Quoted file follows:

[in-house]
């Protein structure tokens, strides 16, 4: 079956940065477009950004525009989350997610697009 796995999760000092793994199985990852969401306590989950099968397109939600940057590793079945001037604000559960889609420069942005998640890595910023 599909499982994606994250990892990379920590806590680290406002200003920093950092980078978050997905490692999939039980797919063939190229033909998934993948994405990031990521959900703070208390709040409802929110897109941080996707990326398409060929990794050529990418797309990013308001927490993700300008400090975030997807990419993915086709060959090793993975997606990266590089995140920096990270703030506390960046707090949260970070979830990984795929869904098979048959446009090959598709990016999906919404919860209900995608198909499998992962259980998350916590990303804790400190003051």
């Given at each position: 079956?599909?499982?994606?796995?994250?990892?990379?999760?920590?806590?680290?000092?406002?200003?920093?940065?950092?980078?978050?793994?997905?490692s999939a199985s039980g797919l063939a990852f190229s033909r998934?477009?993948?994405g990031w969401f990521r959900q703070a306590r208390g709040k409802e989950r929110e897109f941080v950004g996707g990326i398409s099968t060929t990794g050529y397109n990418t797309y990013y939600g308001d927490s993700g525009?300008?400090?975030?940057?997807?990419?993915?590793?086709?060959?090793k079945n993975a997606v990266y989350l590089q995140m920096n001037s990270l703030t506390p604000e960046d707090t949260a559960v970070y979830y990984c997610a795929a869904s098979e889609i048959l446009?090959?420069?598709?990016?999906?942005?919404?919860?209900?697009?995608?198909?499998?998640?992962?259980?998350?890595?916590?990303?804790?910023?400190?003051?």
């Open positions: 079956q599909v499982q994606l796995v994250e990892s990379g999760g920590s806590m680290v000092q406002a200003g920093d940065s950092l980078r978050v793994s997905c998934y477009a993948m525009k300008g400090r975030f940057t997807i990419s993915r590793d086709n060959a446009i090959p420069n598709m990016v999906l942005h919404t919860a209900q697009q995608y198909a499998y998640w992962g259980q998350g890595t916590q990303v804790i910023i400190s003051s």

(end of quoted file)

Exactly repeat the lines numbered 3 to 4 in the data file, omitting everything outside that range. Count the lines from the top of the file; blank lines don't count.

């Given at each position: 079956?599909?499982?994606?796995?994250?990892?990379?999760?920590?806590?680290?000092?406002?200003?920093?940065?950092?980078?978050?793994?997905?490692s999939a199985s039980g797919l063939a990852f190229s033909r998934?477009?993948?994405g990031w969401f990521r959900q703070a306590r208390g709040k409802e989950r929110e897109f941080v950004g996707g990326i398409s099968t060929t990794g050529y397109n990418t797309y990013y939600g308001d927490s993700g525009?300008?400090?975030?940057?997807?990419?993915?590793?086709?060959?090793k079945n993975a997606v990266y989350l590089q995140m920096n001037s990270l703030t506390p604000e960046d707090t949260a559960v970070y979830y990984c997610a795929a869904s098979e889609i048959l446009?090959?420069?598709?990016?999906?942005?919404?919860?209900?697009?995608?198909?499998?998640?992962?259980?998350?890595?916590?990303?804790?910023?400190?003051?």
């Open positions: 079956q599909v499982q994606l796995v994250e990892s990379g999760g920590s806590m680290v000092q406002a200003g920093d940065s950092l980078r978050v793994s997905c998934y477009a993948m525009k300008g400090r975030f940057t997807i990419s993915r590793d086709n060959a446009i090959p420069n598709m990016v999906l942005h919404t919860a209900q697009q995608y198909a499998y998640w992962g259980q998350g890595t916590q990303v804790i910023i400190s003051s």